DONG Energy has completed one of the most comprehensive pile-testing campaigns ever, and based on initial findings, the results show that the cost of offshore wind can be greatly reduced.
DONG Energy and ESG, a U.K.-based testing and inspection services provider, tested 28 piles on two different onshore sites in order to assist the development of new design methods for offshore wind farms. The testing was undertaken by the Program International Student Assessment (PISA) and was performed to assess and validate a new design method developed by the PISA academic working group led by Oxford University and including Imperial College London and University College Dublin.
The academic working group supervised the testing on-site, as each of the 28 piles were pulled sideways into the soil until failure.
According to DONG Energy, the testing took place in Cowden, England, and in Dunkirk, France, because the soil conditions at the sites mirror those found in typical surface soil conditions found in much of the North Sea. Further, both sites have previously been used for pile-testing activities, mostly targeting oil and gas engineering, meaning that a rich amount of field and laboratory soil data is already available.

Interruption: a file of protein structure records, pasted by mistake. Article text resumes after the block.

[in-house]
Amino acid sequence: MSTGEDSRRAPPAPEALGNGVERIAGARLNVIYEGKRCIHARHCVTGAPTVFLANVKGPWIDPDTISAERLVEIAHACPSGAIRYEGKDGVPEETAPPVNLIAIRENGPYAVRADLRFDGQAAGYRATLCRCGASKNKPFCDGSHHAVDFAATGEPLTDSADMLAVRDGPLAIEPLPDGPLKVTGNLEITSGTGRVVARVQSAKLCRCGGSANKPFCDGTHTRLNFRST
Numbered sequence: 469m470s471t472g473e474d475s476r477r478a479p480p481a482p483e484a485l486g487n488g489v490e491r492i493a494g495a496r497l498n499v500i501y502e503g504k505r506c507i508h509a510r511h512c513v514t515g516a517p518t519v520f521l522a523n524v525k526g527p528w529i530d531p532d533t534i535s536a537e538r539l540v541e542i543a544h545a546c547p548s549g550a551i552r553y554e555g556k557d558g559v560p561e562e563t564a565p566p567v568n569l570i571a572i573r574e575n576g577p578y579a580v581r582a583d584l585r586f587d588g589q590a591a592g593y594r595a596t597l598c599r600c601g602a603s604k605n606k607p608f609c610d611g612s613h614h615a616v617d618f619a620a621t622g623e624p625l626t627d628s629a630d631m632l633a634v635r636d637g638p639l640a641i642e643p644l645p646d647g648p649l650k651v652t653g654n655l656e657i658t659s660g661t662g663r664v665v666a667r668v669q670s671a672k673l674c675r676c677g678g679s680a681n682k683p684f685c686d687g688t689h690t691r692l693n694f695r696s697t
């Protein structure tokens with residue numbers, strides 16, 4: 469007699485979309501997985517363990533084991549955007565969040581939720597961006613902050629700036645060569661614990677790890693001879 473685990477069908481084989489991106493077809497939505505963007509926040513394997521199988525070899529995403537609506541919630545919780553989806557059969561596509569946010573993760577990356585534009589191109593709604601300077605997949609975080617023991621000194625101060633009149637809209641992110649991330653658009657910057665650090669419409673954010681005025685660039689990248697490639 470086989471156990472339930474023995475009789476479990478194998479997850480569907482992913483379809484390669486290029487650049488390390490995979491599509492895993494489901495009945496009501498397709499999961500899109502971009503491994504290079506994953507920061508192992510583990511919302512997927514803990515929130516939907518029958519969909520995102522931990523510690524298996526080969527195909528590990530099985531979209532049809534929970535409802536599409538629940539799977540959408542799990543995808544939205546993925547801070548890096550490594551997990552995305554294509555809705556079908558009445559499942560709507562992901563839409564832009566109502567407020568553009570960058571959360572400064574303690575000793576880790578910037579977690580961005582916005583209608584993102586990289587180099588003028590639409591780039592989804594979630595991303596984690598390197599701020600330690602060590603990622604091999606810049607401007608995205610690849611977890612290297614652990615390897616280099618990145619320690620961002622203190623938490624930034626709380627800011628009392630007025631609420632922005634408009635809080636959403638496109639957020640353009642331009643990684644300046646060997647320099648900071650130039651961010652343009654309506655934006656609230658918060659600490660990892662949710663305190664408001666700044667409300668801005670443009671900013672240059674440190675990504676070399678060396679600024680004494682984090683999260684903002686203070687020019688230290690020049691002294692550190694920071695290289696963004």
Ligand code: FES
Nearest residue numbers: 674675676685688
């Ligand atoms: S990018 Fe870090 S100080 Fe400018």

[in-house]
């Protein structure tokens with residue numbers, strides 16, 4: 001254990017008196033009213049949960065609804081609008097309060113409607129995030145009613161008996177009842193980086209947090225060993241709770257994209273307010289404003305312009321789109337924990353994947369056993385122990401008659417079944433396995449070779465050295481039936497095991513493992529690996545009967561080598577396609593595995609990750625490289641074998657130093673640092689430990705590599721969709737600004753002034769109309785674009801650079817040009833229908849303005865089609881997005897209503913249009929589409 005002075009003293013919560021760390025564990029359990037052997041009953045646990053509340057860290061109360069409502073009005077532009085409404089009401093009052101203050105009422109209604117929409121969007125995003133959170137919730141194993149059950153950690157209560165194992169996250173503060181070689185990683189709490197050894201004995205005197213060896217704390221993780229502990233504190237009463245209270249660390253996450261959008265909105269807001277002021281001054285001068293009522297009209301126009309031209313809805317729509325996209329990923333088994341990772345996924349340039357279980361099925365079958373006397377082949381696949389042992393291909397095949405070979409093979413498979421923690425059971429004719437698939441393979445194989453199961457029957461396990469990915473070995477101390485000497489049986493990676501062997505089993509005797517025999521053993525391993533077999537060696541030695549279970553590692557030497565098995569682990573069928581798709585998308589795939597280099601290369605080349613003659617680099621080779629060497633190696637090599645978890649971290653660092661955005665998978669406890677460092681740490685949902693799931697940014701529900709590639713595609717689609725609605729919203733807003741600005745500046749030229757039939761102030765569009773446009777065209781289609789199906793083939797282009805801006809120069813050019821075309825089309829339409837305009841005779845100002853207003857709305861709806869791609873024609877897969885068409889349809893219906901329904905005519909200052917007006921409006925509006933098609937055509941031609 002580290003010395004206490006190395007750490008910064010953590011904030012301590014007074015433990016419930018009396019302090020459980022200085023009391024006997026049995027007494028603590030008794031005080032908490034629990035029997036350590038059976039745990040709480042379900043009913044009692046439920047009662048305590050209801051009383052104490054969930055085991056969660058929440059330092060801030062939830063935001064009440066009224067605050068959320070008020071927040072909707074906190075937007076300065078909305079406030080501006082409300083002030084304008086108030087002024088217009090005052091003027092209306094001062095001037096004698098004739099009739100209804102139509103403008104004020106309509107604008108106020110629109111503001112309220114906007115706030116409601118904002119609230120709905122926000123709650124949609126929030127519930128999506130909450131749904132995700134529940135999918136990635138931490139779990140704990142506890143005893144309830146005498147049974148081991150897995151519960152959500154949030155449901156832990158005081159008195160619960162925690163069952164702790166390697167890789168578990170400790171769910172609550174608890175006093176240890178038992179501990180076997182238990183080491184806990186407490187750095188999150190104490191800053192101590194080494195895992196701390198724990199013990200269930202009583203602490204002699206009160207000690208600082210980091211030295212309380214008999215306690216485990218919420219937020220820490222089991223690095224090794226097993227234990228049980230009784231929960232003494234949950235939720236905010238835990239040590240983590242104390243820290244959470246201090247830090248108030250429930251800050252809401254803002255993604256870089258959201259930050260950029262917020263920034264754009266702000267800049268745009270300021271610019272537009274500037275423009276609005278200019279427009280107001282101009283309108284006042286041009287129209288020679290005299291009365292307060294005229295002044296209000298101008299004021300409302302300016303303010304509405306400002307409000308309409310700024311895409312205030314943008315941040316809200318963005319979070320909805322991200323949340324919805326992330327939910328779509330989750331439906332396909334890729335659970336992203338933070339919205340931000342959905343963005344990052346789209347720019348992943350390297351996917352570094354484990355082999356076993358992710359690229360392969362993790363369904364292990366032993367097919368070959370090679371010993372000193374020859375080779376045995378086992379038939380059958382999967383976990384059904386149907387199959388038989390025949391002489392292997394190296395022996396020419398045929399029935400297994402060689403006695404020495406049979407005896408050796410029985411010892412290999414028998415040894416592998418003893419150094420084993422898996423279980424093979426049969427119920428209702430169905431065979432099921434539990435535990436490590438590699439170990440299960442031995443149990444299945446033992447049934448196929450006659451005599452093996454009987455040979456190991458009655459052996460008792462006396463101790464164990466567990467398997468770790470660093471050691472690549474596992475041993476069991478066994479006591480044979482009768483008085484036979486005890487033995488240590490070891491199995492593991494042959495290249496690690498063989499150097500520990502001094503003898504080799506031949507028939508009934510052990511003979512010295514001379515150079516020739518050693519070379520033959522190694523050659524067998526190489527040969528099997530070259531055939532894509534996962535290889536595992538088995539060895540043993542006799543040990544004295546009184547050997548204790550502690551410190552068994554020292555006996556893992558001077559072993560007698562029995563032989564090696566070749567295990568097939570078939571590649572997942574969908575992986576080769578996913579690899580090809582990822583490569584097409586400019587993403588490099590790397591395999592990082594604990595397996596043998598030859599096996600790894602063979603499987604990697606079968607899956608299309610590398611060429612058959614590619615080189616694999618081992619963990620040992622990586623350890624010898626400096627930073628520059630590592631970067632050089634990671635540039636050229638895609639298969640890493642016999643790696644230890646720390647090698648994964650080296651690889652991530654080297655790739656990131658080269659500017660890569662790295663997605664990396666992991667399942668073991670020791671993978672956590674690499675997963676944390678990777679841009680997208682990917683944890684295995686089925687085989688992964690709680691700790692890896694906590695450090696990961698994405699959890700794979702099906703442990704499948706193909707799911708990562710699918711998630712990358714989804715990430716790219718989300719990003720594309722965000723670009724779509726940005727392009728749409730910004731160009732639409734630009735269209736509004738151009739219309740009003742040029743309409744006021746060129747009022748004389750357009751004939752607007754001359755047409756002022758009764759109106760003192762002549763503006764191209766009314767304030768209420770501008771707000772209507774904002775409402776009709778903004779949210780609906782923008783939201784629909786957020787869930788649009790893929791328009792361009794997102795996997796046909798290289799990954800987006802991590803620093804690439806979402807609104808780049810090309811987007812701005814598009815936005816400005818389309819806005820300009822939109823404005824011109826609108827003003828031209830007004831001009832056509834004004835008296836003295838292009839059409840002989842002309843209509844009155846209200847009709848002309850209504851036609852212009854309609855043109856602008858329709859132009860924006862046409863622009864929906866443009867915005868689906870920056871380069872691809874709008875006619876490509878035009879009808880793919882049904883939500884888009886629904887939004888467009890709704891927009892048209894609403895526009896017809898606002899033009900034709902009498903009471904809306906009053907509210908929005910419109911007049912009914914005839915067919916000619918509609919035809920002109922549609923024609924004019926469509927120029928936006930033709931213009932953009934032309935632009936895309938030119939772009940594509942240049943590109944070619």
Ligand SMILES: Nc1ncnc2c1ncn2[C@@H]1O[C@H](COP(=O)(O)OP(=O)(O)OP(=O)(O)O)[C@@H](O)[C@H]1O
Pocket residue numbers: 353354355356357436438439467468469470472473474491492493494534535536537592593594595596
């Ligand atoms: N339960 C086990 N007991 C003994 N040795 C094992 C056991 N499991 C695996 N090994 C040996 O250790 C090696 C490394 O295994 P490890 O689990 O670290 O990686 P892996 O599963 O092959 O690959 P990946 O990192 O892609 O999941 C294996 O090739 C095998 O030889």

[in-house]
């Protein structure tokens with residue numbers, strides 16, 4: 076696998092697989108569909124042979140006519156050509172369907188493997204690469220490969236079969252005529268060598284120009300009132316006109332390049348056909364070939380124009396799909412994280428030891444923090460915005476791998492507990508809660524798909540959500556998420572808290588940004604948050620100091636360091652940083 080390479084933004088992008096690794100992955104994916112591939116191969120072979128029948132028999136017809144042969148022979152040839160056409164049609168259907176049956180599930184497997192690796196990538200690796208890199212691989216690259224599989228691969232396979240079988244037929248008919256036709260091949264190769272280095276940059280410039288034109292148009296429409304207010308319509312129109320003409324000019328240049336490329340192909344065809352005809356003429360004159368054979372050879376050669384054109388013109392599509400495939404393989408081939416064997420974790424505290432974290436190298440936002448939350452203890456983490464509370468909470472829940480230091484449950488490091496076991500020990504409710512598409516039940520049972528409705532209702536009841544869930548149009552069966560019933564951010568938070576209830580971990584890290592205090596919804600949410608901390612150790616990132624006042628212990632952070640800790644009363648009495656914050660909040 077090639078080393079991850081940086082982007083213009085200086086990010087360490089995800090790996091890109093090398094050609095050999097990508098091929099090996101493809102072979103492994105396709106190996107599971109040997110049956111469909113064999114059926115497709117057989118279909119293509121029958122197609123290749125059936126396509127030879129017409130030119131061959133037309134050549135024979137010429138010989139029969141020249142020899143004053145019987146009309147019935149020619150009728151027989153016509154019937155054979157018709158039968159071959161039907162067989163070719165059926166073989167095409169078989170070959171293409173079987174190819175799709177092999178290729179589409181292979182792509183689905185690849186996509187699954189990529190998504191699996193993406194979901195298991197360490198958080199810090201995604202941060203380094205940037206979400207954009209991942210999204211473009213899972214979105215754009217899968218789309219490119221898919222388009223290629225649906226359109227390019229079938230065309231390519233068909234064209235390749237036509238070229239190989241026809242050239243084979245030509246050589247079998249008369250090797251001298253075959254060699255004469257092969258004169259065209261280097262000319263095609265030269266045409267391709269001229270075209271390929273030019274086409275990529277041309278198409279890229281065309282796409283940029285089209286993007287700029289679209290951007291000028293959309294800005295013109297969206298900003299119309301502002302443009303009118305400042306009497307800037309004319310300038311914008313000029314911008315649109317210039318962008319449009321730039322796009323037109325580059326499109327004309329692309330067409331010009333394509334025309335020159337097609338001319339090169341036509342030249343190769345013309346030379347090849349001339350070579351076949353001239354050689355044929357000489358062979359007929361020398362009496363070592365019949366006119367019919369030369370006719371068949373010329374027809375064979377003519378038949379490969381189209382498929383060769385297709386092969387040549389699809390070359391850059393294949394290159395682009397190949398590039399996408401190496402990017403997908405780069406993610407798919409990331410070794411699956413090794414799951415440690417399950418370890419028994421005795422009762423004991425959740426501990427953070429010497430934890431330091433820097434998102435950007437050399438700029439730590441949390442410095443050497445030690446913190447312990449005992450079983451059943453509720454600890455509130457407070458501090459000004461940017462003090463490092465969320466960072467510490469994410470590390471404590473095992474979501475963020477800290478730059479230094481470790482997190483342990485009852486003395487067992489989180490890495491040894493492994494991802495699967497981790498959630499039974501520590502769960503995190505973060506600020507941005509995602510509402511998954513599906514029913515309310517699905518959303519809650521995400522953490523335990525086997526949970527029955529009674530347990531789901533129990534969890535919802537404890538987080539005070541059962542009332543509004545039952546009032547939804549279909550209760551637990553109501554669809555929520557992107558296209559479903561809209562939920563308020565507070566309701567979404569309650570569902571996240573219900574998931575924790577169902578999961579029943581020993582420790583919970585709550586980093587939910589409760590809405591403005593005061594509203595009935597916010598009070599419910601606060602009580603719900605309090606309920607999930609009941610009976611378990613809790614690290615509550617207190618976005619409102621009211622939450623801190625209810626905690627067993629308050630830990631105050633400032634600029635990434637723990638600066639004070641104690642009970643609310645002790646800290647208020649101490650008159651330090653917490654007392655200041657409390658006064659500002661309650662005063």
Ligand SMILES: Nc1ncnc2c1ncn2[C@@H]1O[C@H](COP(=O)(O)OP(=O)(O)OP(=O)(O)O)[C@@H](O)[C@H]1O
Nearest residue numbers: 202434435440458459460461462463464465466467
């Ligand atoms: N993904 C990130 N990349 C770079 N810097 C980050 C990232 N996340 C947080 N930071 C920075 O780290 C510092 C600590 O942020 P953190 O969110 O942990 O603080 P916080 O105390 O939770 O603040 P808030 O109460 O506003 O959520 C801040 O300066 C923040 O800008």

Bladt Industries and DanSteel supplied piles of three different diameters for the tests; the piles with a diameter of two meters are some of the largest ever tested. During testing, other instrumentation was used, including fiber-optic strain gauges installed by Marmota Industries. In total, 28 tests were conducted primarily investigating the static monotonic but also the response under cyclic lateral loading.
The academic working group now has six months to analyze the data collected and use it to confirm the new design methods. The final report is due to be delivered to the project partners in January 2016.